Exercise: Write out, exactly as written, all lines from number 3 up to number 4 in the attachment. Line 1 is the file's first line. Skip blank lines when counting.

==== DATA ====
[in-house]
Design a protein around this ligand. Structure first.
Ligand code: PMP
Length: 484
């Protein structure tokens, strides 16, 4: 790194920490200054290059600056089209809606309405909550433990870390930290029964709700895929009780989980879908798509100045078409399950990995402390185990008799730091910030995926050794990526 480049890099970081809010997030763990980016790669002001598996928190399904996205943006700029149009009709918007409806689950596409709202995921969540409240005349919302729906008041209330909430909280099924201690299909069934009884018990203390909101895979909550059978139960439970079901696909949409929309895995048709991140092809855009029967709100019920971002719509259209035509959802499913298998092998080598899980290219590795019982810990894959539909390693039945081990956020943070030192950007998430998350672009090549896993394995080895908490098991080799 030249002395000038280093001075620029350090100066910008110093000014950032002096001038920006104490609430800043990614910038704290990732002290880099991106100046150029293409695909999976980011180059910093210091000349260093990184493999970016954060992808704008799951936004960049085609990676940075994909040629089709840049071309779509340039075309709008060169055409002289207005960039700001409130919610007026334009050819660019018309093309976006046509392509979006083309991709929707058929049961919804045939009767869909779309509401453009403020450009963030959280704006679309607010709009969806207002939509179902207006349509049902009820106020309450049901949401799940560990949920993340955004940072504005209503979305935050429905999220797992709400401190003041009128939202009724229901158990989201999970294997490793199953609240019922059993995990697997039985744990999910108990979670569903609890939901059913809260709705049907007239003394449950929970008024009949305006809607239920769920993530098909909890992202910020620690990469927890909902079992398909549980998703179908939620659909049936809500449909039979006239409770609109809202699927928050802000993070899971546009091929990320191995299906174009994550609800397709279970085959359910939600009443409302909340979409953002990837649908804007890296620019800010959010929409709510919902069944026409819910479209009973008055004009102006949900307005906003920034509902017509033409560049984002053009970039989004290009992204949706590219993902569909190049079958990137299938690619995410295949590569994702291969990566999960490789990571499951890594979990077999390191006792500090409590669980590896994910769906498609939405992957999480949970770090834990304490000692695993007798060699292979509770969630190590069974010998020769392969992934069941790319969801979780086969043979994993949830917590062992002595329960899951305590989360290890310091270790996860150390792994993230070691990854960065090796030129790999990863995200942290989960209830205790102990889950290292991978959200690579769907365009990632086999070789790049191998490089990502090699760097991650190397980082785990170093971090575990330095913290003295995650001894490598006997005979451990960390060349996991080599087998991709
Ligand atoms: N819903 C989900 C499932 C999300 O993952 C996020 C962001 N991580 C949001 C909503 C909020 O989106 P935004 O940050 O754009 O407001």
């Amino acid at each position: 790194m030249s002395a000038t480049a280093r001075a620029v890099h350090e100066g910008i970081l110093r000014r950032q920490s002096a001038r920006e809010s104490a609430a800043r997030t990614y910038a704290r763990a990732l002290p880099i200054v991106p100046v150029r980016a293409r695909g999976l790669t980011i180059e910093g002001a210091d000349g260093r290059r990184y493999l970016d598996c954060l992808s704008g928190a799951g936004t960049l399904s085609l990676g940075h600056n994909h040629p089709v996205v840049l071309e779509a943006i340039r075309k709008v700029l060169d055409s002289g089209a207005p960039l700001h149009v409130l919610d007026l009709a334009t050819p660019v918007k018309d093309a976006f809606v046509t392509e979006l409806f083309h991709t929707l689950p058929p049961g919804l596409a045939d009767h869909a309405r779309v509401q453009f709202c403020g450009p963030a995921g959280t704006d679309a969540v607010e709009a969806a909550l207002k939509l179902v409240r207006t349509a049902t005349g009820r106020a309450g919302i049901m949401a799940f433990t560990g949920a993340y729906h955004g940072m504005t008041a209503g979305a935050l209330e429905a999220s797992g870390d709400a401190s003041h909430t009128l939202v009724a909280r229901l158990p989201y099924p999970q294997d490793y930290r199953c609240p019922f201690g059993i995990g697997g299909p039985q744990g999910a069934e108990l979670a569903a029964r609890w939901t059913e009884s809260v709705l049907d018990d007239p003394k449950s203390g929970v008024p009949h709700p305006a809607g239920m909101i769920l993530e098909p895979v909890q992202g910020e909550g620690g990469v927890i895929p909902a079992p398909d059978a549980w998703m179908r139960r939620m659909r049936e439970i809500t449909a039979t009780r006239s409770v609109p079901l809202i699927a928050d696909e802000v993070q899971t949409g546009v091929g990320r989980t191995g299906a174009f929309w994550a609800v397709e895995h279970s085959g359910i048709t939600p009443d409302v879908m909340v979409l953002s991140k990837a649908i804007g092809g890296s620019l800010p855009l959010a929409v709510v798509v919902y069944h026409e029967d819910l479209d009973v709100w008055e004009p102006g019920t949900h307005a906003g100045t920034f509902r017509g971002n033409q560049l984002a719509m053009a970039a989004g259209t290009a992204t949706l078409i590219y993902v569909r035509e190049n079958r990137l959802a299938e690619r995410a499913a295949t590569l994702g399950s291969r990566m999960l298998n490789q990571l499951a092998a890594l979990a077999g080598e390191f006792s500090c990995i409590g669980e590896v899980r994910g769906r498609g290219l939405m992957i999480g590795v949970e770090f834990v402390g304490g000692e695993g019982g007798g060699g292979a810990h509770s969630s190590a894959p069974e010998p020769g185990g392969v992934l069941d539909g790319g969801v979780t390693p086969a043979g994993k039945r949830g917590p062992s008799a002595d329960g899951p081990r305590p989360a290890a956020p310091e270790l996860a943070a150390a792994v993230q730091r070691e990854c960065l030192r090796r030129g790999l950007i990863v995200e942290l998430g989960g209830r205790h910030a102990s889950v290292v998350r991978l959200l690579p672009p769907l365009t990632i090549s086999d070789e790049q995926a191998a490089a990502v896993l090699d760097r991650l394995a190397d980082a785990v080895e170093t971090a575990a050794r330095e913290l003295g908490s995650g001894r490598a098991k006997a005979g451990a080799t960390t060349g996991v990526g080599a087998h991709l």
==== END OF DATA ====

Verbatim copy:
Ligand code: PMP
Length: 484